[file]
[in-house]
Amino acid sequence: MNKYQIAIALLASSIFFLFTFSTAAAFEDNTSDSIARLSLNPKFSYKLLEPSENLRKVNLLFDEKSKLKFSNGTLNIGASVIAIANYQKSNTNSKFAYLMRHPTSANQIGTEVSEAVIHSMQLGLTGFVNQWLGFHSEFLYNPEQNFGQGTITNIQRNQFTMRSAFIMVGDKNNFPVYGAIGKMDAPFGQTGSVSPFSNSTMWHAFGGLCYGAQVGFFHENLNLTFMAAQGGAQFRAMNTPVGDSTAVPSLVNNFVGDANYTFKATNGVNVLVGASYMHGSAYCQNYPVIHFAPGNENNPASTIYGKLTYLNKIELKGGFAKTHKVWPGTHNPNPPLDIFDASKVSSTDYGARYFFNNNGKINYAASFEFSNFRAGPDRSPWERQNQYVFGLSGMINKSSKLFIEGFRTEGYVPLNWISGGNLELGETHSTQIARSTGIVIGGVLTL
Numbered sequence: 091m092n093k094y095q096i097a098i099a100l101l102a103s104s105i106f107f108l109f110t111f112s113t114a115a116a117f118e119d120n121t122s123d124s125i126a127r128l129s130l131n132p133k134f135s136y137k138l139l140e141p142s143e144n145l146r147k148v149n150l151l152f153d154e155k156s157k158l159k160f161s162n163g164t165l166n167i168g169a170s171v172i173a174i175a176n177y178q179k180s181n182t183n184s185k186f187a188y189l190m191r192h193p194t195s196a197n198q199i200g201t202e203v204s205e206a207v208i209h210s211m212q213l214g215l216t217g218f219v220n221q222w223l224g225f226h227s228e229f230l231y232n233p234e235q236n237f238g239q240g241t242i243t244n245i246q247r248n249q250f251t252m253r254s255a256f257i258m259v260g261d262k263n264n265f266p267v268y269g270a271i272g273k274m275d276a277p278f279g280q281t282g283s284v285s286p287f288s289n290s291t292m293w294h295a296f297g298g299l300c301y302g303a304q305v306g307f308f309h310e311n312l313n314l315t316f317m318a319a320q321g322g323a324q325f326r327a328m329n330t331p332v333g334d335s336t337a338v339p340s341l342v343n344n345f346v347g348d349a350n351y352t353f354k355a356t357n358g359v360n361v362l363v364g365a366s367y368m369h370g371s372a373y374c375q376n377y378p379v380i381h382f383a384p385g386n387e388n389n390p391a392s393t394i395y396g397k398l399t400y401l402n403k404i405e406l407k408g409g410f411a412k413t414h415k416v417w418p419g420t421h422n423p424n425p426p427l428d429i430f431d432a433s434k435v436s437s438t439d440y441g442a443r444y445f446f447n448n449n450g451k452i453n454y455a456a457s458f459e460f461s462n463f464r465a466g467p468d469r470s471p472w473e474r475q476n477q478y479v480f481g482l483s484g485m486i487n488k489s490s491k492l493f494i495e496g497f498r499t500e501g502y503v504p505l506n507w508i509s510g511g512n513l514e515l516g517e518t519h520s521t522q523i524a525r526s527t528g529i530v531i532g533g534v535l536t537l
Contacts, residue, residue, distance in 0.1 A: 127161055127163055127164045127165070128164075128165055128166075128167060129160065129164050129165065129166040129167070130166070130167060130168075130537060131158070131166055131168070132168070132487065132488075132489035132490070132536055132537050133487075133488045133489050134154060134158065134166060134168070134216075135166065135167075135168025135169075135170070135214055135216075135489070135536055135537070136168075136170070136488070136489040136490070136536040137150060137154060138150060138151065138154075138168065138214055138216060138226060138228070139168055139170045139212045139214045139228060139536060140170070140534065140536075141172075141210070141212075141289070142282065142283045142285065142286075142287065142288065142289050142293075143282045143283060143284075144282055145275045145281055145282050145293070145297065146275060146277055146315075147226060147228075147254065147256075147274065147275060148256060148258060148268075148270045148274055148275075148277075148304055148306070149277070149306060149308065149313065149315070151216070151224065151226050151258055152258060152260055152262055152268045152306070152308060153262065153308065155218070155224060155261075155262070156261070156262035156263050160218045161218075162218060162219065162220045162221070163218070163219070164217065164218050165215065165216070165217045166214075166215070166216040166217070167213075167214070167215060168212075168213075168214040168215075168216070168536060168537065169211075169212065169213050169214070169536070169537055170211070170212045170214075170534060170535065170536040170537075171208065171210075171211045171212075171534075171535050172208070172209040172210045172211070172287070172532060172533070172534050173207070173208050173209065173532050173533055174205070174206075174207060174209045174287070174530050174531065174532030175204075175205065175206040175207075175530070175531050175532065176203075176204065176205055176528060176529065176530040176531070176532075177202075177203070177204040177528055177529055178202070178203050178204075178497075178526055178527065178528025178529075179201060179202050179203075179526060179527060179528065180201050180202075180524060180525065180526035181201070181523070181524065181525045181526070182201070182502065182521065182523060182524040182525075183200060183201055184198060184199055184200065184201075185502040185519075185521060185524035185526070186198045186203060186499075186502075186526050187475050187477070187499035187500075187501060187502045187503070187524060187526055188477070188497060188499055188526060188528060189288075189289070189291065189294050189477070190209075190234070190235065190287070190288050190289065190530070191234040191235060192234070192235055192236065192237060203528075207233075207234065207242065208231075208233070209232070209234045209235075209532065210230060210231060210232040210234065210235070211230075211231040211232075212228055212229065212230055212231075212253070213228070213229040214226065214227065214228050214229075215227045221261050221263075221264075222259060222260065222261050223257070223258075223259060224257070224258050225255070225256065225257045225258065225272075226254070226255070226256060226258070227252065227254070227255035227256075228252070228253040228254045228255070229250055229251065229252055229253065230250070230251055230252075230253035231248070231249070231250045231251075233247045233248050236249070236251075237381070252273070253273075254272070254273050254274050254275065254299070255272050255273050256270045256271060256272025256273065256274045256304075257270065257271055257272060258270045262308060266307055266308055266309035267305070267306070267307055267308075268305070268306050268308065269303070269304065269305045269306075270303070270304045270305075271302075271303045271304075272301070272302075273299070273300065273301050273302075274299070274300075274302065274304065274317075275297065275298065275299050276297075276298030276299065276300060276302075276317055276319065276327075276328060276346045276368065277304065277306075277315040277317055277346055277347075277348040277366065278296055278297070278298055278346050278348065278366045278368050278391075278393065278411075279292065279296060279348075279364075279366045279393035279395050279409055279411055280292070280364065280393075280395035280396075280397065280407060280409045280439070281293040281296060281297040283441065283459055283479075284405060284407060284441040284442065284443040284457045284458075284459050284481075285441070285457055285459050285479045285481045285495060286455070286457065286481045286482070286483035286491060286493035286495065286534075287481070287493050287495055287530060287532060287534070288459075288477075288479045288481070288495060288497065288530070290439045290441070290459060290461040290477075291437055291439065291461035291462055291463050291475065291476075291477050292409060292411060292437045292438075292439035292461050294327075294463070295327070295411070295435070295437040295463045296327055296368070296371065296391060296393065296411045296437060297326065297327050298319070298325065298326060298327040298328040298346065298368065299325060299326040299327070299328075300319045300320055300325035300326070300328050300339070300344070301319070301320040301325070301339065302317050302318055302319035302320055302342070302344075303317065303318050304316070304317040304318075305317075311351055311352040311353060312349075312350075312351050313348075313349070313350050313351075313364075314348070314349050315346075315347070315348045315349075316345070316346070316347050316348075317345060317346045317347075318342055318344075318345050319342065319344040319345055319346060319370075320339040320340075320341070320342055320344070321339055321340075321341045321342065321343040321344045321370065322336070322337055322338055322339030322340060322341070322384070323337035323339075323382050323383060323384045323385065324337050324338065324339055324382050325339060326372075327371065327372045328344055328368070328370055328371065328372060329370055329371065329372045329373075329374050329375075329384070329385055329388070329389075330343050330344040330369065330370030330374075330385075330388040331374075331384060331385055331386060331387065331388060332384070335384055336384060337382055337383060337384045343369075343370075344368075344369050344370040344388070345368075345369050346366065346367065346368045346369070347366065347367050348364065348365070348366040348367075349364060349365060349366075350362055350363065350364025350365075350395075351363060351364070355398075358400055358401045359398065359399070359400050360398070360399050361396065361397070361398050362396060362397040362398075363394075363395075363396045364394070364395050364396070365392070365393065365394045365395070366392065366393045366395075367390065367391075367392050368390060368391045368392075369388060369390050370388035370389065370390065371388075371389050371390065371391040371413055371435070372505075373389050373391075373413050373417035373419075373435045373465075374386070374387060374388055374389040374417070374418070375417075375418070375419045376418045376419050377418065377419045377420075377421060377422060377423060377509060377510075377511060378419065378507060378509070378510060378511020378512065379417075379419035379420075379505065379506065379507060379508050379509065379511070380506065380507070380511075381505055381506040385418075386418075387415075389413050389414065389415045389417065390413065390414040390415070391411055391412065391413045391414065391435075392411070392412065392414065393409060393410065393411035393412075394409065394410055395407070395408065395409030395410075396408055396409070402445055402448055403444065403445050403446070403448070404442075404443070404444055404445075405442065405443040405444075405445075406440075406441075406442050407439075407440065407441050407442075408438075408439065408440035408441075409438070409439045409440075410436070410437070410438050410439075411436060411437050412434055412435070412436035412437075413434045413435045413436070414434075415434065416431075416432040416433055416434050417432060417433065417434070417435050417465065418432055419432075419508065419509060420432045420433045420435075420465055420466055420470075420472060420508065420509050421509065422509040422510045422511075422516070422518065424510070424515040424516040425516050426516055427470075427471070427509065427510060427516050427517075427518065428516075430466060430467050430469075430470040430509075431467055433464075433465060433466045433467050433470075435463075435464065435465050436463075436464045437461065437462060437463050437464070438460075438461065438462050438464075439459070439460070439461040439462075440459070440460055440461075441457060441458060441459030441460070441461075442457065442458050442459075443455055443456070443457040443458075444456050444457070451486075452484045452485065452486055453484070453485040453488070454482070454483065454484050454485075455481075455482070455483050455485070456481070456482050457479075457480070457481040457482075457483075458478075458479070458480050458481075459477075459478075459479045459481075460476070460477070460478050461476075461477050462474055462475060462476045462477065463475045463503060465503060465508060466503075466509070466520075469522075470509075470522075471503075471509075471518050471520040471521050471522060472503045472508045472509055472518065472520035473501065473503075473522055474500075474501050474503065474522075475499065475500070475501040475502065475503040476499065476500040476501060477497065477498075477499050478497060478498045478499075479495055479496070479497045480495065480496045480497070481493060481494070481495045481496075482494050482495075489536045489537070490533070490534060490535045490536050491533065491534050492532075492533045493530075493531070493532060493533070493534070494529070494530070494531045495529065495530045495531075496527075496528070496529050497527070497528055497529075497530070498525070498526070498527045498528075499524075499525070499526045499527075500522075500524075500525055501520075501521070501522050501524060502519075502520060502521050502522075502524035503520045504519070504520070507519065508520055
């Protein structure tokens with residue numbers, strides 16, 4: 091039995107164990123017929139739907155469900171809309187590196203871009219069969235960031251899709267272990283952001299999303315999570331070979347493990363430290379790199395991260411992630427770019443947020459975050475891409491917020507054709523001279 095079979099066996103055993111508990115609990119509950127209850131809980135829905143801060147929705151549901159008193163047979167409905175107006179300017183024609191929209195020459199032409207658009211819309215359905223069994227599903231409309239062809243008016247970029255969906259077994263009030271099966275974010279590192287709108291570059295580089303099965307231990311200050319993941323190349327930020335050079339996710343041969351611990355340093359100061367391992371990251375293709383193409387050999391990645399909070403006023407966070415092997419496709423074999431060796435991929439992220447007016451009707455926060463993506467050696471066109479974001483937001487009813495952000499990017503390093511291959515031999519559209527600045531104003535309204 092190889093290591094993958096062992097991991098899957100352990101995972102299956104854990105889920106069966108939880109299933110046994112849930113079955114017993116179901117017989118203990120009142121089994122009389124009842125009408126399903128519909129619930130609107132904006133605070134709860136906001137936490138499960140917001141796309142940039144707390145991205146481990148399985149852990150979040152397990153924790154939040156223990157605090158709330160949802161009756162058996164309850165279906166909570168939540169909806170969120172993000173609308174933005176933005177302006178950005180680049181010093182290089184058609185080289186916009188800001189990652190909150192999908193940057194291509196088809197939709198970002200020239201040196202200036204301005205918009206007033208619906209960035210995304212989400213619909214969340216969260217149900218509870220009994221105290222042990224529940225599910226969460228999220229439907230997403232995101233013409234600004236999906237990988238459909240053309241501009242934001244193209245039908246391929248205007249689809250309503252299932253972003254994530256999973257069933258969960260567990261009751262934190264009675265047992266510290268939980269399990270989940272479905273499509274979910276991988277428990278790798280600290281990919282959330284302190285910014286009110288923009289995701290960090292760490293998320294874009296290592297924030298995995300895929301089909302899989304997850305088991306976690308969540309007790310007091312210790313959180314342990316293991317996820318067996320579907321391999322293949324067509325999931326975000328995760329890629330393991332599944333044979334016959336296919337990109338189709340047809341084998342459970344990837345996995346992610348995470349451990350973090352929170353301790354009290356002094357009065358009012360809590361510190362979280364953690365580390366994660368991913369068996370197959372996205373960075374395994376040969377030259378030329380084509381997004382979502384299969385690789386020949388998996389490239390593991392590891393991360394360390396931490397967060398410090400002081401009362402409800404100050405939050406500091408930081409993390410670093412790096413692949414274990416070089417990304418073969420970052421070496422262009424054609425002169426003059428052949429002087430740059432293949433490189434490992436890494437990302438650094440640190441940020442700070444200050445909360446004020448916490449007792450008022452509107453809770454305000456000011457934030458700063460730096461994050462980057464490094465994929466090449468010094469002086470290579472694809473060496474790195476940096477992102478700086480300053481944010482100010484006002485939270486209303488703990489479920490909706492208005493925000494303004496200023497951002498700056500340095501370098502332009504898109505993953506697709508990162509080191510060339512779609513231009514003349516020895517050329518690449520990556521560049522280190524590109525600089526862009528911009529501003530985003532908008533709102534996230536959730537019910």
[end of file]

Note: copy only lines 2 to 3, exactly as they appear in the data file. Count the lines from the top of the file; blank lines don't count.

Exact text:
Amino acid sequence: MNKYQIAIALLASSIFFLFTFSTAAAFEDNTSDSIARLSLNPKFSYKLLEPSENLRKVNLLFDEKSKLKFSNGTLNIGASVIAIANYQKSNTNSKFAYLMRHPTSANQIGTEVSEAVIHSMQLGLTGFVNQWLGFHSEFLYNPEQNFGQGTITNIQRNQFTMRSAFIMVGDKNNFPVYGAIGKMDAPFGQTGSVSPFSNSTMWHAFGGLCYGAQVGFFHENLNLTFMAAQGGAQFRAMNTPVGDSTAVPSLVNNFVGDANYTFKATNGVNVLVGASYMHGSAYCQNYPVIHFAPGNENNPASTIYGKLTYLNKIELKGGFAKTHKVWPGTHNPNPPLDIFDASKVSSTDYGARYFFNNNGKINYAASFEFSNFRAGPDRSPWERQNQYVFGLSGMINKSSKLFIEGFRTEGYVPLNWISGGNLELGETHSTQIARSTGIVIGGVLTL
Numbered sequence: 091m092n093k094y095q096i097a098i099a100l101l102a103s104s105i106f107f108l109f110t111f112s113t114a115a116a117f118e119d120n121t122s123d124s125i126a127r128l129s130l131n132p133k134f135s136y137k138l139l140e141p142s143e144n145l146r147k148v149n150l151l152f153d154e155k156s157k158l159k160f161s162n163g164t165l166n167i168g169a170s171v172i173a174i175a176n177y178q179k180s181n182t183n184s185k186f187a188y189l190m191r192h193p194t195s196a197n198q199i200g201t202e203v204s205e206a207v208i209h210s211m212q213l214g215l216t217g218f219v220n221q222w223l224g225f226h227s228e229f230l231y232n233p234e235q236n237f238g239q240g241t242i243t244n245i246q247r248n249q250f251t252m253r254s255a256f257i258m259v260g261d262k263n264n265f266p267v268y269g270a271i272g273k274m275d276a277p278f279g280q281t282g283s284v285s286p287f288s289n290s291t292m293w294h295a296f297g298g299l300c301y302g303a304q305v306g307f308f309h310e311n312l313n314l315t316f317m318a319a320q321g322g323a324q325f326r327a328m329n330t331p332v333g334d335s336t337a338v339p340s341l342v343n344n345f346v347g348d349a350n351y352t353f354k355a356t357n358g359v360n361v362l363v364g365a366s367y368m369h370g371s372a373y374c375q376n377y378p379v380i381h382f383a384p385g386n387e388n389n390p391a392s393t394i395y396g397k398l399t400y401l402n403k404i405e406l407k408g409g410f411a412k413t414h415k416v417w418p419g420t421h422n423p424n425p426p427l428d429i430f431d432a433s434k435v436s437s438t439d440y441g442a443r444y445f446f447n448n449n450g451k452i453n454y455a456a457s458f459e460f461s462n463f464r465a466g467p468d469r470s471p472w473e474r475q476n477q478y479v480f481g482l483s484g485m486i487n488k489s490s491k492l493f494i495e496g497f498r499t500e501g502y503v504p505l506n507w508i509s510g511g512n513l514e515l516g517e518t519h520s521t522q523i524a525r526s527t528g529i530v531i532g533g534v535l536t537l